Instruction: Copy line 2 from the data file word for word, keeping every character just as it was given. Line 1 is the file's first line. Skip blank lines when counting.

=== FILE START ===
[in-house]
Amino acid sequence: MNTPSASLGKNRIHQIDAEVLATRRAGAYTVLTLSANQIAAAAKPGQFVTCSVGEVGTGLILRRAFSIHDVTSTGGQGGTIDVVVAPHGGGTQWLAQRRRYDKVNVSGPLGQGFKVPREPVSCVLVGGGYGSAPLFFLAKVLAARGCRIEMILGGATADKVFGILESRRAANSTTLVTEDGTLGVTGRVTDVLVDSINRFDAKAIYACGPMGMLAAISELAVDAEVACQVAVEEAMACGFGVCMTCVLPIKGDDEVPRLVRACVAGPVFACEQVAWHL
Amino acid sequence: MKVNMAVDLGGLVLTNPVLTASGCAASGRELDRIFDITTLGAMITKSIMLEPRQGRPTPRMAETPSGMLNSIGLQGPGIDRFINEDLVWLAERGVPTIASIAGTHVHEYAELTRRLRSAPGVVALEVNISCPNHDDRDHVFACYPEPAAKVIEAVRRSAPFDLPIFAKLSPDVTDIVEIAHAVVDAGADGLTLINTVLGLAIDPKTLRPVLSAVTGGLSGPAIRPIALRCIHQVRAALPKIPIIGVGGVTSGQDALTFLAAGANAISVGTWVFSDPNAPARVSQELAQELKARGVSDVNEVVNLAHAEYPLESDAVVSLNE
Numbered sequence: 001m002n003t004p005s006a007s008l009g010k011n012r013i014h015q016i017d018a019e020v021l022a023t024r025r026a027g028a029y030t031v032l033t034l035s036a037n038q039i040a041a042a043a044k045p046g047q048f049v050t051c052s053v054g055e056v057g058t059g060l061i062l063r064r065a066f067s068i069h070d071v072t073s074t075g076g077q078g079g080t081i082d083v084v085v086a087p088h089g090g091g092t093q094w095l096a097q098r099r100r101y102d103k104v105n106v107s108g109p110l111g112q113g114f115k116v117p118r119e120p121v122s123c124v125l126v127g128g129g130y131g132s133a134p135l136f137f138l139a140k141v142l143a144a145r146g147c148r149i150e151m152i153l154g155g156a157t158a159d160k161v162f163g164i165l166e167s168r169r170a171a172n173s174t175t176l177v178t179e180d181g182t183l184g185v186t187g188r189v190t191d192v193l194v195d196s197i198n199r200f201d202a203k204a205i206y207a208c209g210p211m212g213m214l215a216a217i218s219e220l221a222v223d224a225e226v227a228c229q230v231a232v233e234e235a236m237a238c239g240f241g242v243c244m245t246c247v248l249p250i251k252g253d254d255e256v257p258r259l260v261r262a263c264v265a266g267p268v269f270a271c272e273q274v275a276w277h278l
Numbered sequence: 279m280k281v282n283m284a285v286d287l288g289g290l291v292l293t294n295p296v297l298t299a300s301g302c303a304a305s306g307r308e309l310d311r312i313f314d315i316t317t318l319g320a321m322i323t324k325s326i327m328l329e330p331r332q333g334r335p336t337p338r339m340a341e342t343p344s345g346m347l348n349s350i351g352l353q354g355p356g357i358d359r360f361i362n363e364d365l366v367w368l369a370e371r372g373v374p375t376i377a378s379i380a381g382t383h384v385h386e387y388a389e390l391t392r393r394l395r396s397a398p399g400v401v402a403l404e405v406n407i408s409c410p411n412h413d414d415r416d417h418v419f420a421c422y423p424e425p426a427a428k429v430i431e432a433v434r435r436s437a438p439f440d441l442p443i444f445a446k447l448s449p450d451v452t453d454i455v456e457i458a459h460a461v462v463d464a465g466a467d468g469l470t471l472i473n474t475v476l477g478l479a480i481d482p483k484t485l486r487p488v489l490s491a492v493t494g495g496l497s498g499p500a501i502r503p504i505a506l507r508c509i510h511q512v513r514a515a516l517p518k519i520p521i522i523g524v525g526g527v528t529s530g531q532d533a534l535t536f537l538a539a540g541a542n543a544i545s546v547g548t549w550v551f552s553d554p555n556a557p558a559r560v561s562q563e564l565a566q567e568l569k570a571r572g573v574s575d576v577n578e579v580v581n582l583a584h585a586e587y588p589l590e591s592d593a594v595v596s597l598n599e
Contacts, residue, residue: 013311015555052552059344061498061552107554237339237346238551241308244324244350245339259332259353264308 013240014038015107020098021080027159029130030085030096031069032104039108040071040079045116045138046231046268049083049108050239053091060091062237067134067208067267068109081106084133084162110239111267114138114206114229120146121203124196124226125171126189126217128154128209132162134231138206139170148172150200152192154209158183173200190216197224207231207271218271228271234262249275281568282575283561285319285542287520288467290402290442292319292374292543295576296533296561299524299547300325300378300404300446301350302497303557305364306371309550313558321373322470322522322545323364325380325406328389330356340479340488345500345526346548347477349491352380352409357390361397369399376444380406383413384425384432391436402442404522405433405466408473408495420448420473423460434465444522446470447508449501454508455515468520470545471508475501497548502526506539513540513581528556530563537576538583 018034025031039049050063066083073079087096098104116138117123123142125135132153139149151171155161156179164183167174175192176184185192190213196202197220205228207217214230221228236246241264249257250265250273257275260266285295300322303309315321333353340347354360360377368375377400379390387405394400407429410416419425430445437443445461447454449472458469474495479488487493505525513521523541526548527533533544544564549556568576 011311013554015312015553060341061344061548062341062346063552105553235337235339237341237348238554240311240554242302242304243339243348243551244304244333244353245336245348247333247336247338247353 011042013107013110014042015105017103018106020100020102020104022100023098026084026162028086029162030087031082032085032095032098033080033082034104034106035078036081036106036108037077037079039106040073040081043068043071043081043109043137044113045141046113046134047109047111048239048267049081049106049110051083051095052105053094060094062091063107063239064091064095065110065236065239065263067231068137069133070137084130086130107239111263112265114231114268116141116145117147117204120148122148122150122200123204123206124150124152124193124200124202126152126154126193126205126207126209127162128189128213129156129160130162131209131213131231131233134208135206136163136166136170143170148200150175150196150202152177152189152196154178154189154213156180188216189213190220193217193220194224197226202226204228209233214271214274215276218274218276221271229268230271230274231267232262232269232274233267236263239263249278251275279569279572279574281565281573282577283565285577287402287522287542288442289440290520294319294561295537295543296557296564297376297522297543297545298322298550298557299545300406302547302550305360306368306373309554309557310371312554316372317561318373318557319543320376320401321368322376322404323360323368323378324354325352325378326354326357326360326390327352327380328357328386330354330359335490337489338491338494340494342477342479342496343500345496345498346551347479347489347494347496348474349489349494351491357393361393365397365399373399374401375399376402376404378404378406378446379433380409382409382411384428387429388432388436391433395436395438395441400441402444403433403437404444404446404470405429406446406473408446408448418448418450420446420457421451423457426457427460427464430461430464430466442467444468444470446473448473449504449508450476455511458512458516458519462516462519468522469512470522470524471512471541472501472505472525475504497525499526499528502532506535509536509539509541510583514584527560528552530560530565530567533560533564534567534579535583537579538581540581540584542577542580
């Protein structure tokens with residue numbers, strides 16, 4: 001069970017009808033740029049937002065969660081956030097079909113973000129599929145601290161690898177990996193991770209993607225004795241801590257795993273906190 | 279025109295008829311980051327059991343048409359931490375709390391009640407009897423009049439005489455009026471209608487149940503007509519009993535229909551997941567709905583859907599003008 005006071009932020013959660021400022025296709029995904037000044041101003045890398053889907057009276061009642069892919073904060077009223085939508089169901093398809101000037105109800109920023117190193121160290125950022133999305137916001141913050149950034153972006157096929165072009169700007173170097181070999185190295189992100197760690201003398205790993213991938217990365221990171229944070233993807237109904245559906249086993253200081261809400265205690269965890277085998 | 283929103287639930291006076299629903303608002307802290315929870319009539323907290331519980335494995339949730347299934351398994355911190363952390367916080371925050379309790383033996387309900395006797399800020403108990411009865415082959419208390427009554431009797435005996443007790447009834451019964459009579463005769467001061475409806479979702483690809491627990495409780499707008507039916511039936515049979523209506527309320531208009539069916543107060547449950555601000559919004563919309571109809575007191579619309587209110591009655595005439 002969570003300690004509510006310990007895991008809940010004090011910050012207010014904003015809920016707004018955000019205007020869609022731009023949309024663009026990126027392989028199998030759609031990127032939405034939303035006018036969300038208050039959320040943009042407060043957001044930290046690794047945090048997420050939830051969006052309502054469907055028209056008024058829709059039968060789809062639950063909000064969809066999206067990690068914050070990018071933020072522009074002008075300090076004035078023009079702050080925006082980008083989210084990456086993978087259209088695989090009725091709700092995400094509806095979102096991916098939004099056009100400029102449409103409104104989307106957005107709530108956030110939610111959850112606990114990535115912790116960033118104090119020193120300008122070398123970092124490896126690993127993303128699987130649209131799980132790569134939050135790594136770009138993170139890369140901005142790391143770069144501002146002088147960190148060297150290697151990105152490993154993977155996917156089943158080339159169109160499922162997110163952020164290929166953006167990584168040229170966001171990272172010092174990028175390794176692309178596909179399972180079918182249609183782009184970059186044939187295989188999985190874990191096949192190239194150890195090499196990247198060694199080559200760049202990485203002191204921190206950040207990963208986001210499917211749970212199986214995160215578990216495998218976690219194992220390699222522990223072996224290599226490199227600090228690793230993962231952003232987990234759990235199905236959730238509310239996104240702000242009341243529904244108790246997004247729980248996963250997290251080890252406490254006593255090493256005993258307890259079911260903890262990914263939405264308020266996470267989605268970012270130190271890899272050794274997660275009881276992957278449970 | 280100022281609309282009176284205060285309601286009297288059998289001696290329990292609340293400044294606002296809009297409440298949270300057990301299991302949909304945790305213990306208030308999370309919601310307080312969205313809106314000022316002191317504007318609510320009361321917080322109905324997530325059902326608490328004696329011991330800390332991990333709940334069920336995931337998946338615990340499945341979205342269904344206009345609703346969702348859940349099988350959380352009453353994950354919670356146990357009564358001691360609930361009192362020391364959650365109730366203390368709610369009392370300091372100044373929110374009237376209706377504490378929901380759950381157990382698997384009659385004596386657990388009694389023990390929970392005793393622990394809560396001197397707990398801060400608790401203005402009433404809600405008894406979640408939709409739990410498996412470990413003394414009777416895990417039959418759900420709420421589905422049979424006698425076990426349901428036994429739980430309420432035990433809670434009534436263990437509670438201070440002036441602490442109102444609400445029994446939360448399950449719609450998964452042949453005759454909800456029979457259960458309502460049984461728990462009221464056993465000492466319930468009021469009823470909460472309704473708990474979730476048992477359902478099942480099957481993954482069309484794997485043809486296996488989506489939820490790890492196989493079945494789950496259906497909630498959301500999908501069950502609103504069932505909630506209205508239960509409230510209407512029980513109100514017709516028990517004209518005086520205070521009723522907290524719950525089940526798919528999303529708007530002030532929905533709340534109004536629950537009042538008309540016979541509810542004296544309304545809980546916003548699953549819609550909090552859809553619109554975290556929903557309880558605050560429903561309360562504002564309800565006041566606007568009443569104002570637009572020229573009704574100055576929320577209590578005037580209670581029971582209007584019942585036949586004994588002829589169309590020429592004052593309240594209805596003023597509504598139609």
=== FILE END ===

Amino acid sequence: MNTPSASLGKNRIHQIDAEVLATRRAGAYTVLTLSANQIAAAAKPGQFVTCSVGEVGTGLILRRAFSIHDVTSTGGQGGTIDVVVAPHGGGTQWLAQRRRYDKVNVSGPLGQGFKVPREPVSCVLVGGGYGSAPLFFLAKVLAARGCRIEMILGGATADKVFGILESRRAANSTTLVTEDGTLGVTGRVTDVLVDSINRFDAKAIYACGPMGMLAAISELAVDAEVACQVAVEEAMACGFGVCMTCVLPIKGDDEVPRLVRACVAGPVFACEQVAWHL